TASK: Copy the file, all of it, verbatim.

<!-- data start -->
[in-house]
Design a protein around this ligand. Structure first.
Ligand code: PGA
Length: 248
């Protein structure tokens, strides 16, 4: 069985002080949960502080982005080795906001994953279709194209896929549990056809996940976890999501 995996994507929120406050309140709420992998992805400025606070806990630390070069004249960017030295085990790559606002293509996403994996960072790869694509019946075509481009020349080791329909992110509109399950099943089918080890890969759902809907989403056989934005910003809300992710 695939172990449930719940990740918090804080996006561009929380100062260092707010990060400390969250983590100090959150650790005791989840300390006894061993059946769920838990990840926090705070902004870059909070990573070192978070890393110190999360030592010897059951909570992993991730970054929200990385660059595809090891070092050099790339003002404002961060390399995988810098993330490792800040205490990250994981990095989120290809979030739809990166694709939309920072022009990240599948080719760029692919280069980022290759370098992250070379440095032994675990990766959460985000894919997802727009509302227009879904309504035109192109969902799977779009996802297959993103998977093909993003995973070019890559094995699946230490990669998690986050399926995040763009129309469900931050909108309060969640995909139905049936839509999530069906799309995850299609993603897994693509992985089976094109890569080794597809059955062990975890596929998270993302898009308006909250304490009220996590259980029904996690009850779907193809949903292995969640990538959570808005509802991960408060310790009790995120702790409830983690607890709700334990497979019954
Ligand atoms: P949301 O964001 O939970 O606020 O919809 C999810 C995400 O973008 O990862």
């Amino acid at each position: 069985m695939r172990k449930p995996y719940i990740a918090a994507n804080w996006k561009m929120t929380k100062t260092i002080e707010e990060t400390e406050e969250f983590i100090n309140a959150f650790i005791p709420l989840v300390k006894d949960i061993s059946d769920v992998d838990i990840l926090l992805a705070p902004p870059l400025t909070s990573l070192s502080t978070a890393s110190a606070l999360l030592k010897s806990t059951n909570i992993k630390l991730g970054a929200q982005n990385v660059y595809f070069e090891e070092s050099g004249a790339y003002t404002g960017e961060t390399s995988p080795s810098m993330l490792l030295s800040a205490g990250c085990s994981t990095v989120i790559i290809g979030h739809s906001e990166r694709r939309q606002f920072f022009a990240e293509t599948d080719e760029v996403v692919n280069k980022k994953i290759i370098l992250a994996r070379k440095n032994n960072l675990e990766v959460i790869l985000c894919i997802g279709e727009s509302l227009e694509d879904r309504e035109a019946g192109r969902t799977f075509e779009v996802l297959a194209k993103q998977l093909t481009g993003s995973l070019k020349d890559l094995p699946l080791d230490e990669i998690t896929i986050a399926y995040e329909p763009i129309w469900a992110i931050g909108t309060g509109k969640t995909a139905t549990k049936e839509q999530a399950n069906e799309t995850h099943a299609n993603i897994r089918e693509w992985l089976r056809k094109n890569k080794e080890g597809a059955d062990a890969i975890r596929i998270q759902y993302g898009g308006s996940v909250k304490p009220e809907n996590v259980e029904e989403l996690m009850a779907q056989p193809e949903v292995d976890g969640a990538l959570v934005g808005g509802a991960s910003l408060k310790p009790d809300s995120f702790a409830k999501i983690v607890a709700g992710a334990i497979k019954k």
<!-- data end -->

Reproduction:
[in-house]
Design a protein around this ligand. Structure first.
Ligand code: PGA
Length: 248
């Protein structure tokens, strides 16, 4: 069985002080949960502080982005080795906001994953279709194209896929549990056809996940976890999501 995996994507929120406050309140709420992998992805400025606070806990630390070069004249960017030295085990790559606002293509996403994996960072790869694509019946075509481009020349080791329909992110509109399950099943089918080890890969759902809907989403056989934005910003809300992710 695939172990449930719940990740918090804080996006561009929380100062260092707010990060400390969250983590100090959150650790005791989840300390006894061993059946769920838990990840926090705070902004870059909070990573070192978070890393110190999360030592010897059951909570992993991730970054929200990385660059595809090891070092050099790339003002404002961060390399995988810098993330490792800040205490990250994981990095989120290809979030739809990166694709939309920072022009990240599948080719760029692919280069980022290759370098992250070379440095032994675990990766959460985000894919997802727009509302227009879904309504035109192109969902799977779009996802297959993103998977093909993003995973070019890559094995699946230490990669998690986050399926995040763009129309469900931050909108309060969640995909139905049936839509999530069906799309995850299609993603897994693509992985089976094109890569080794597809059955062990975890596929998270993302898009308006909250304490009220996590259980029904996690009850779907193809949903292995969640990538959570808005509802991960408060310790009790995120702790409830983690607890709700334990497979019954
Ligand atoms: P949301 O964001 O939970 O606020 O919809 C999810 C995400 O973008 O990862």
């Amino acid at each position: 069985m695939r172990k449930p995996y719940i990740a918090a994507n804080w996006k561009m929120t929380k100062t260092i002080e707010e990060t400390e406050e969250f983590i100090n309140a959150f650790i005791p709420l989840v300390k006894d949960i061993s059946d769920v992998d838990i990840l926090l992805a705070p902004p870059l400025t909070s990573l070192s502080t978070a890393s110190a606070l999360l030592k010897s806990t059951n909570i992993k630390l991730g970054a929200q982005n990385v660059y595809f070069e090891e070092s050099g004249a790339y003002t404002g960017e961060t390399s995988p080795s810098m993330l490792l030295s800040a205490g990250c085990s994981t990095v989120i790559i290809g979030h739809s906001e990166r694709r939309q606002f920072f022009a990240e293509t599948d080719e760029v996403v692919n280069k980022k994953i290759i370098l992250a994996r070379k440095n032994n960072l675990e990766v959460i790869l985000c894919i997802g279709e727009s509302l227009e694509d879904r309504e035109a019946g192109r969902t799977f075509e779009v996802l297959a194209k993103q998977l093909t481009g993003s995973l070019k020349d890559l094995p699946l080791d230490e990669i998690t896929i986050a399926y995040e329909p763009i129309w469900a992110i931050g909108t309060g509109k969640t995909a139905t549990k049936e839509q999530a399950n069906e799309t995850h099943a299609n993603i897994r089918e693509w992985l089976r056809k094109n890569k080794e080890g597809a059955d062990a890969i975890r596929i998270q759902y993302g898009g308006s996940v909250k304490p009220e809907n996590v259980e029904e989403l996690m009850a779907q056989p193809e949903v292995d976890g969640a990538l959570v934005g808005g509802a991960s910003l408060k310790p009790d809300s995120f702790a409830k999501i983690v607890a709700g992710a334990i497979k019954k």